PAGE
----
A country with the largest population in the world, China is also likely to become the world’s largest consumer market. However, its quest for brilliance and exhibition of greater patriotism is being perceived as a threat by some in the West. Many critics suggest it may somehow backfire in a spiteful manner toward the Western leadership.
“The key insight for me is that rather than pro-democracy feelings increasing as China grows economically, it is a radical, shrill nationalism that is emerging,” said Niall Ferguson, professor of history at Harvard’s Center for Euoropean Studies. “There is an enthusiastic embrace of the economic benefits of the market but resentment of Western cultural hegemony.”
Ferguson sees this nationalistic agenda as the “beginning of a world empire” much similar to the German ambitions one hundred years ago. The American academic even goes to question whether or not the “transition from West to East” will happen in “a way that is peaceful, non-violent.” Is this a rather pessimistic view? Could there not be great fortunes that arise for the West, as well as from China itself? American economist, Dr. Jones, seems to think so.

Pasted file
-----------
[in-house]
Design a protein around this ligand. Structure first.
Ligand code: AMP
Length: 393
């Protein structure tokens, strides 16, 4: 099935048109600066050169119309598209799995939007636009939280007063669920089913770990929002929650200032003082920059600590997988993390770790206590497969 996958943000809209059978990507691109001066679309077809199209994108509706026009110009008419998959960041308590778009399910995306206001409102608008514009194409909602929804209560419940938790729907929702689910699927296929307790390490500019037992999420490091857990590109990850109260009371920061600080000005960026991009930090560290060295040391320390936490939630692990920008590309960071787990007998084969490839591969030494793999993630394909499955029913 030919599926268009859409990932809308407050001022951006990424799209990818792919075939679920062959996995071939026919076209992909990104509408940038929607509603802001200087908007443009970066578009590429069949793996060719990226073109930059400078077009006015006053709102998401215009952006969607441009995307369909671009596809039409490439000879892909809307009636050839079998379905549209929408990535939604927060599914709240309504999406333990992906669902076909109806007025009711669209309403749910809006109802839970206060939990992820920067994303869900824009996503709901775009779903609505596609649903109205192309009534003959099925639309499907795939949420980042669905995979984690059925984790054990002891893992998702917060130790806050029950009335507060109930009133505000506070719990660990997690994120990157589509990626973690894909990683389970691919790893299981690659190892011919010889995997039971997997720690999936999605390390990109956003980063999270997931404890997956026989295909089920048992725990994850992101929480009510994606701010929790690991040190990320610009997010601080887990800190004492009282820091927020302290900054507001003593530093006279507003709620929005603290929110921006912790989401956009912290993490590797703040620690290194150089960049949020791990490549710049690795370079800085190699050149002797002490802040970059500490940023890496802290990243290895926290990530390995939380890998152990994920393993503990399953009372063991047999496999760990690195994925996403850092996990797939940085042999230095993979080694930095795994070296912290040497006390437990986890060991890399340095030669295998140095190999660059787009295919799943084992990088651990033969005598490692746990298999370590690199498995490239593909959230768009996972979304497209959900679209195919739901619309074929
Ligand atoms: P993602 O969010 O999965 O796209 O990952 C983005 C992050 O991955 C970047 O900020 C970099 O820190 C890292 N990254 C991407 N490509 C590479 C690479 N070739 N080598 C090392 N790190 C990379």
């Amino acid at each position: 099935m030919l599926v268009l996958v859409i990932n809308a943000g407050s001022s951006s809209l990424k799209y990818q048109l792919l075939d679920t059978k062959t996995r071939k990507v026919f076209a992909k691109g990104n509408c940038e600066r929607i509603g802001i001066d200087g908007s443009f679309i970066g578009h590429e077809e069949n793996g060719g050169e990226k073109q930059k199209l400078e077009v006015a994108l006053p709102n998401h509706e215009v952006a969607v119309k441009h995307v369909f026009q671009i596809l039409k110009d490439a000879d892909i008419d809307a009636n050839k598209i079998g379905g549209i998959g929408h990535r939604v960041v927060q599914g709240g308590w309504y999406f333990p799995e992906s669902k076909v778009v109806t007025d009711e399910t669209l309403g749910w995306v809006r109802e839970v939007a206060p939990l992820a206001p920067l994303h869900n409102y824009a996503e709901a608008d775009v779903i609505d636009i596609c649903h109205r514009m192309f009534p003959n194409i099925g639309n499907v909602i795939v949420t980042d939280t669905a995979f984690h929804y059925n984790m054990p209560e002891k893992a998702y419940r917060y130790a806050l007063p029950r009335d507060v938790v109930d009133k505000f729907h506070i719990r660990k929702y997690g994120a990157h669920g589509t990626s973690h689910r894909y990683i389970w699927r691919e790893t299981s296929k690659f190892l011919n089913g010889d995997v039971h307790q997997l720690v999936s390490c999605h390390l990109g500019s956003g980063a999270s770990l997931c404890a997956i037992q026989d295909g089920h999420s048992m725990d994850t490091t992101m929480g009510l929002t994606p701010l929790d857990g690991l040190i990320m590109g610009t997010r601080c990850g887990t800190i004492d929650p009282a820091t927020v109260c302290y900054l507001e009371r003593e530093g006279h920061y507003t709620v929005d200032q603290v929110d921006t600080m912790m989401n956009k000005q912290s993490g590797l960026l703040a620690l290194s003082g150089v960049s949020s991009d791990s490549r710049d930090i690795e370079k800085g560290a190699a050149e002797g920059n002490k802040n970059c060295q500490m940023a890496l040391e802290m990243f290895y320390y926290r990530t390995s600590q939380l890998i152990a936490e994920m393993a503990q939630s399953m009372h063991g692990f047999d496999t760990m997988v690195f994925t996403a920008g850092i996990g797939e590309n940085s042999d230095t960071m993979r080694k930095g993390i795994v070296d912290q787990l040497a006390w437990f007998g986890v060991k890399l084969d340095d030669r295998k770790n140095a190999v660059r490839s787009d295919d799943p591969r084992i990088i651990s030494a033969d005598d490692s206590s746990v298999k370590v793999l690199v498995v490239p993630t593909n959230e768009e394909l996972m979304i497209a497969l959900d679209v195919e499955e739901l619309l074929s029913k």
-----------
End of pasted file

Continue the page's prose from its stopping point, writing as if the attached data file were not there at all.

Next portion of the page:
Optimistic about the outcome of a wealthier, economically stronger China, he said: “I actually think it opens up tremendous opportunity for the US to penetrate the market. We should be encouraging the economic development and wealth creation in China.”
Only time will tell what the long-term implications are going to be but the start of the Year of the Dragon seems to be an eye-catching one across the globe. If anything, we can be sure that as many of the world’s most advanced nations continue to invest heavily in order to develop their economic infrastructure, China will continue to prosper. If China invests in itself, it seems like a win-win for everyone in the near future.